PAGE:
This isn't a balance problem because you're starting in 1066. In 1066 the Christian kingdoms were weaker and poised to lose. The only thing that changed the situation was the
Reconquista which was a huge horribly complex thing that involved lots of other Europeans and lasted over 700 years and can't even begin to be represented in-game.
This completely false idea of the situation in Iberia is EXACTLY the reason why this problem exists in game.
Let me put this in simple terms: in 1066, the Christian Kingdoms were in a position of TOTAL MILITARY SUPREMACY over the Muslims. By this I mean the Taifa Kingdoms were PAYING TRIBUTE to the Christians not to get invaded, and is also the reason why the Jimena brothers took their time fighting each other: they had time and NO pressing military threat from the South. The Christian greatest enemies were themselves.
In fact, by 1066 it was just a matter of WHEN, not IF, the whole of Iberia would be Christian. And that is why, once the Jimena interstruggle (plus some rebellions, like that of the Count of Portucale in 1072) got sorted out and the Christians started to move South again and conquered Toledo in 1085 that the Taifa begged the Almoravids (i.e. Mauretania) to come and help them. The Berber arrival did balance things out for a while, but not that long: by 1139 the Count of Portucale ALONE was able to handily defeat the MAIN Mauretanian army [his levy was 1,500 men, if you want to know], and by the battle of Las Navas de Tolosa the Berber power (which had been reorganized by a second wave of reinforcements from North Africa, that of the Almohads) was definitely broken by nations that, ultimately, had far, far, FAR greater military strength than the Muslims ever managed to field in Iberia.
There are many reasons for that:
1 - Unlike in CK2, the VAST majority of the population in Iberia was Christian, not Muslim, monotheists having proven to be especially hard to convert (there is a reason why there are still 10 million christians in Egypt today, let alone 1,000 years ago); that meant that Muslim lords had serious problems in getting reliable levies to fight Christian foes. They relied mainly on their Muslim light cavalry, which was composed of landed gentry, which lorded over fairly extensive landed possessions in order to afford a horse, and was not very numerous;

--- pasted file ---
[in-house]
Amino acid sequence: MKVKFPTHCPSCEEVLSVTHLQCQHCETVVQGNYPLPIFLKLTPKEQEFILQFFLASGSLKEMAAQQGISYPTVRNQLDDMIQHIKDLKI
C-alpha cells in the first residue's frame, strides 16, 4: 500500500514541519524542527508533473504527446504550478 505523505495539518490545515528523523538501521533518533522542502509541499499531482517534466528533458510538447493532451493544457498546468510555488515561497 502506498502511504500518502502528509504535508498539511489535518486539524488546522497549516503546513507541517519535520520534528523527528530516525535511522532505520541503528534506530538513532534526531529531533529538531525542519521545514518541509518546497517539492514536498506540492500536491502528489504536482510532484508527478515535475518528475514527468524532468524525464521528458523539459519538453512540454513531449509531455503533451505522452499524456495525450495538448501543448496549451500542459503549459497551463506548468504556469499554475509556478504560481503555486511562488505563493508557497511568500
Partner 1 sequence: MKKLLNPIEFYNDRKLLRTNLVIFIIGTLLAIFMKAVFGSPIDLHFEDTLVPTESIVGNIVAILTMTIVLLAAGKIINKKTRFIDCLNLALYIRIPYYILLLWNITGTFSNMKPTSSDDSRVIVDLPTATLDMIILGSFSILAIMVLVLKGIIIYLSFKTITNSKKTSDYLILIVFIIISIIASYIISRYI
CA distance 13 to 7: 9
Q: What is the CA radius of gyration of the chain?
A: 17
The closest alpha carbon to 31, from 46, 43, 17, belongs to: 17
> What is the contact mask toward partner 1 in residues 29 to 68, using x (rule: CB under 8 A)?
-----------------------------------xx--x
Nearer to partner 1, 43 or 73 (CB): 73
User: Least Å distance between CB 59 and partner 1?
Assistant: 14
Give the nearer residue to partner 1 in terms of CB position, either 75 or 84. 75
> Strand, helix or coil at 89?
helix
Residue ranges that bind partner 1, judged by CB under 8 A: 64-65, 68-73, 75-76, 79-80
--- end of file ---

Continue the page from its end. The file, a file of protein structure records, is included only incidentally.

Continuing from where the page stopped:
2 - This is because the Iberian Peninsula had been CUT OFF from the main Muslim world when the Umayyad Caliphate was overthrown by the Abbassids; Iberia was the only area of Islam where the Umayyadds kept power, and was thus a separate Caliphate for 250 years (the Taifa kingdoms we see in 1066 represent the break-up of that rump Caliphate, which occurred in 1030).
3 - The fact that the vast majority of the population was Christian meant that the Mulsim rulers had to be careful not to antagonize them; they thus taxed them little compared with the Christian North (in fact, by 1066 the county of Coimbra had been conquered less than two years ago; by the end of the year its population would be in rebellion, as their taxes had been raised to the Christian 'norm', which was FAR more than what they were used to pay under the Muslims). Since the bulk of the income came from agriculture, this means that many Muslim taifas were actually at an economic disadvantage.
4 - This is also why the Christian Kingdoms managed to easily assimilate the southern regions - no 'wrong religion' penalty, the populations were easily integrated.
5 - Unlike the gigantic tech bonus CK2 gives the Muslims in every area, Islamic technological advances were mostly in trade and shipping construction. That gave them more income from ports and a (useless) sea advantage, but only some areas actually benefitted from this (like Lisbon, Cordoba, Seville, Valencia... almost the only true city in the interior was Toledo, and it could do little to hold the Christians off). It means little to get extra troops, when you were seen as 'outside' the 'proper' Islamic world (and because of this, when the Mauretanians arrived in Iberia, they ATTACKED the local Muslim Emirs who had asked them to come, who then had to turn and beg the Christians for aid).
In other words, the situation in Iberia is completely broken and starts off in a totally ahistorical way because the local history was not properly researched. There is just the incorrect notion that "Muslims were stronger", and they were set up in the game as such.